Chronicles Of Depression 2.0: #327: Illegals

Illegal residents but responsible homeowners
Undocumented immigrants who own homes have a lower rate of delinquencies than U.S. citizens, according to various real estate sources.

Three years ago, Jose Perez purchased a small condo northeast of San Francisco for nearly $250,000. Since then, the first-time buyer has watched the housing market collapse.

But Perez has managed better at avoiding foreclosure than thousands of other U.S. homeowners who bought at the peak of the market.

What makes his case special is that Perez is an illegal immigrant.

Home loans held by illegal immigrants in California and across the nation generally have had fewer delinquencies than similar loans held by U.S. citizens, in part because of stricter lending requirements, according to banks, insurers and Realtors.

“Every indication is that their performance is better than the average” mortgage account, said Tim Sandos, president of the National Assn. of Hispanic Real Estate Professionals.

More than 12,000 home loans were issued in recent years through a special program that relies on government-issued taxpayer identification numbers instead of Social Security numbers, according to the association.

The identification numbers, known as ITINs, were designed for foreign-born residents living legally in the U.S. but are widely acknowledged to be used primarily by illegal immigrants.

The real estate association does not keep statistics on foreclosure rates. But it has reported that the delinquency rates for taxpayer identification loans were 1.15% or lower in 2006, compared with about 3.5% for other home loans.

Although illegal immigrants are also feeling the effects of the downturn in the U.S. economy, Sandos and others cite one major factor for the success of taxpayer identification loans: stricter requirements, including larger down payments, pre-purchase counseling and fixed mortgage rates.

But there is another reason, Sandos said.

“They come for the promise of a better future,” he said. “They come for the promise of homeownership. Once they have it, they are going to move heaven and Earth to keep it.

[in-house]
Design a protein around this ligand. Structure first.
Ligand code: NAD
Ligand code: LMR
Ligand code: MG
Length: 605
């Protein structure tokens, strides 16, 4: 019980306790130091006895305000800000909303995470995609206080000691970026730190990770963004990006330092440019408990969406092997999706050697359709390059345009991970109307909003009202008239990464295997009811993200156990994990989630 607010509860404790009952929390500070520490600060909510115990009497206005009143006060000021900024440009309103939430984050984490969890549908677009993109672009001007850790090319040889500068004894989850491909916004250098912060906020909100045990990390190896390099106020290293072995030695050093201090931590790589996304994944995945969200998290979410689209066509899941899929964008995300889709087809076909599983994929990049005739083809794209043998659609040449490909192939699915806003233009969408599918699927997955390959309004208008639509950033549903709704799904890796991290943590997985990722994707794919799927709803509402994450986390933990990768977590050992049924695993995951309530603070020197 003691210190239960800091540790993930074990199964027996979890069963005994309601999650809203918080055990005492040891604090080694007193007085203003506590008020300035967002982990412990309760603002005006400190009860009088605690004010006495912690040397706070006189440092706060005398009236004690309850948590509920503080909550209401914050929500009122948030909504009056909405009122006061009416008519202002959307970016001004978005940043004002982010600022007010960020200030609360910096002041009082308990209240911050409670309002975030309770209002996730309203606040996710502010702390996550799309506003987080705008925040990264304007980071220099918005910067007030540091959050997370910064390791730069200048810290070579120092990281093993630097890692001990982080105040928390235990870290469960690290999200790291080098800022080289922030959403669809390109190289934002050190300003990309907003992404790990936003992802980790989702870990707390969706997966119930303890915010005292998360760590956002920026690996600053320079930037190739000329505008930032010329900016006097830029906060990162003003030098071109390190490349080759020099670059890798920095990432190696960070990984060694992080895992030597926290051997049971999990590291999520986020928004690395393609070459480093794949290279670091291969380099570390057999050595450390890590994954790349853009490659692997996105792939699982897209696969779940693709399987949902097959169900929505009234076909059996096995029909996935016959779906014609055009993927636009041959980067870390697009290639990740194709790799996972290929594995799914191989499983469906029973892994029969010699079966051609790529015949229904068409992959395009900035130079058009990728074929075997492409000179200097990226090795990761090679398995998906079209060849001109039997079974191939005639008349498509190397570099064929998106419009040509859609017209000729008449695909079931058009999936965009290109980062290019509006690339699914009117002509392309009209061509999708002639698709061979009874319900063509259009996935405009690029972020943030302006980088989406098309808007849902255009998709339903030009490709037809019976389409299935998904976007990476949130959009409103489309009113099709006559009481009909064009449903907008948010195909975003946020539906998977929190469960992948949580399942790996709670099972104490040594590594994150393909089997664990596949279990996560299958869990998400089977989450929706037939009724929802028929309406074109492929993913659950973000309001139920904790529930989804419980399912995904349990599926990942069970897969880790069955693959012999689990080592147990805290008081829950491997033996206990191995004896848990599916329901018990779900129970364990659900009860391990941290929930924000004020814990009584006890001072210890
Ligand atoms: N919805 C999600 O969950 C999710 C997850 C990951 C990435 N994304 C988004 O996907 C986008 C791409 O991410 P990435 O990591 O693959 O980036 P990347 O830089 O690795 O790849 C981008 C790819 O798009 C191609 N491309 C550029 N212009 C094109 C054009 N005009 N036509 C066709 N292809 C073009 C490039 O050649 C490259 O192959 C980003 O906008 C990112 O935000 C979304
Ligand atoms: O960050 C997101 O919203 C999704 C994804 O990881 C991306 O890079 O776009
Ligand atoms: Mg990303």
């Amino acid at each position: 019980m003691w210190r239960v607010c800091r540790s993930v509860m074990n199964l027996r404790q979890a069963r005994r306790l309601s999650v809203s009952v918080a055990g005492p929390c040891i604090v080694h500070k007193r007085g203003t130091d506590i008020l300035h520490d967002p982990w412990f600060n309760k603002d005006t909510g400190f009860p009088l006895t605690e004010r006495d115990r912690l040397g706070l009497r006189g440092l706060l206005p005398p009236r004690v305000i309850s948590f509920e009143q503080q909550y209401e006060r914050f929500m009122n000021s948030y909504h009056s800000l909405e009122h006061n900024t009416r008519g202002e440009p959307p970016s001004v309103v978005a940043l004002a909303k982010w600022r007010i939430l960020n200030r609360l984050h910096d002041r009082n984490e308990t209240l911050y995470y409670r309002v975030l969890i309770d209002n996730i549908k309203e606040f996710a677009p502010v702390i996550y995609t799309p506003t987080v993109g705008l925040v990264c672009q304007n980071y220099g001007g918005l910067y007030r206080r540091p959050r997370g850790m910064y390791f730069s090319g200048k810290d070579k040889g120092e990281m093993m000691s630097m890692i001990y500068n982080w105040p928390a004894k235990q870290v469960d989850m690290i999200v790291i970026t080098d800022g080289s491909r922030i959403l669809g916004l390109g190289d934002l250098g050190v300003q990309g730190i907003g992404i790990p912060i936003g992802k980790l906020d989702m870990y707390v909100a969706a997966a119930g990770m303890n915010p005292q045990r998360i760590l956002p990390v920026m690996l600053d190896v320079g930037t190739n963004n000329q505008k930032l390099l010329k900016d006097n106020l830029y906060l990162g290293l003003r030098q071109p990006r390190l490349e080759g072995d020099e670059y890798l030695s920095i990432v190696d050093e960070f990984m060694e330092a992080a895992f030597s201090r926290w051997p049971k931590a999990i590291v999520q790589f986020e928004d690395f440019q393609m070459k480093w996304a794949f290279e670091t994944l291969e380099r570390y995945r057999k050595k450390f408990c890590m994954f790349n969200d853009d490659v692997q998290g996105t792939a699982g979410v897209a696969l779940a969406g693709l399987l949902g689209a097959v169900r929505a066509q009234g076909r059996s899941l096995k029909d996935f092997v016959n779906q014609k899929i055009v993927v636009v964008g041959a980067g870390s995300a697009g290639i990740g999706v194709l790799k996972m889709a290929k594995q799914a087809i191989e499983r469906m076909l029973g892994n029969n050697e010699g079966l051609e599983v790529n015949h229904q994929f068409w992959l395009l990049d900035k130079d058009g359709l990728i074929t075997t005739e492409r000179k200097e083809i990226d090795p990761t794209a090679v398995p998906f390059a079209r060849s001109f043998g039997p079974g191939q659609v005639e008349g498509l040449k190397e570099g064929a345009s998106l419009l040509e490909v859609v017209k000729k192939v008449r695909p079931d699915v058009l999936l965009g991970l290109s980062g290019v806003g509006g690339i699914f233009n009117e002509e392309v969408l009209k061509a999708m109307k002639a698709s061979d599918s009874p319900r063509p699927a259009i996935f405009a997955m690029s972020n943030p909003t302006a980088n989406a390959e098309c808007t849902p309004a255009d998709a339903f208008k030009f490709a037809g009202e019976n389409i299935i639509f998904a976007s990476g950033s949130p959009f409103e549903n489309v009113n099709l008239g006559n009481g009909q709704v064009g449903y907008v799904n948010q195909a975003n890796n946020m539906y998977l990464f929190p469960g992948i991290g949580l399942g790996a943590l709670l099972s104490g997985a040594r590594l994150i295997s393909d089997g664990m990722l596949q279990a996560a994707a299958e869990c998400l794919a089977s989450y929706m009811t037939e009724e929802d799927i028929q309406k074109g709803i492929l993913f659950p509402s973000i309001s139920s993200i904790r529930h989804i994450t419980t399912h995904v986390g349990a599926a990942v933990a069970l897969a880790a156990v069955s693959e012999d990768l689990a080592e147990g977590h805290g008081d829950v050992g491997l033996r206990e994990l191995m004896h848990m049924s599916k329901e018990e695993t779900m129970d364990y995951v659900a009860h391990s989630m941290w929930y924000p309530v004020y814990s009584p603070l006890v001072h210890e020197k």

Perez said that when he lost his job as a chef, his wife started working as a housecleaner. The couple dipped into their savings to pay the bills. Twice, they paid the mortgage on the 16th, one day past their grace period. But in July, Perez started a new job and resumed his on-time payments.

Emphasis added by me.

More, interesting:

Many of the mortgages nationwide came out of a partnership between Citibank and Acorn Housing, a nonprofit group that helps the poor. Citibank said the taxpayer identification loans have some of the lowest delinquency rates among all affordable-lending programs.

“We believe that it has been a very successful program in terms of delinquencies,” said Mark Rodgers, vice president of public affairs for Citi consumer banking. But Rodgers said it was too early to gauge foreclosure rates, because nearly all of its loans are less than 2 years old.

Emphasis added by me.

Yeah, good luck collecting if such people are rounded up and deported!

But then there’s this, which I also always suspected:

Bruce Dorpalen of Acorn Housing said he has seen few foreclosures among undocumented home buyers enrolled in the Citibank program.

He said many buyers own their own businesses, have U.S.-born children and have money saved. If they do get into financial trouble, he said, many have an extended family safety net.

“If someone lost a job, there would be other people stepping in to help find a job or make the payments,” he said.

Emphasis added by me.

No help for people like me! Unmarried and (thankfully!) childless.

You’d think that’d give me some minority rights. Hell no!

Explore posts in the same categories: C.O.A.T. - Belief, C.O.A.T. - Money, Depression 2.0

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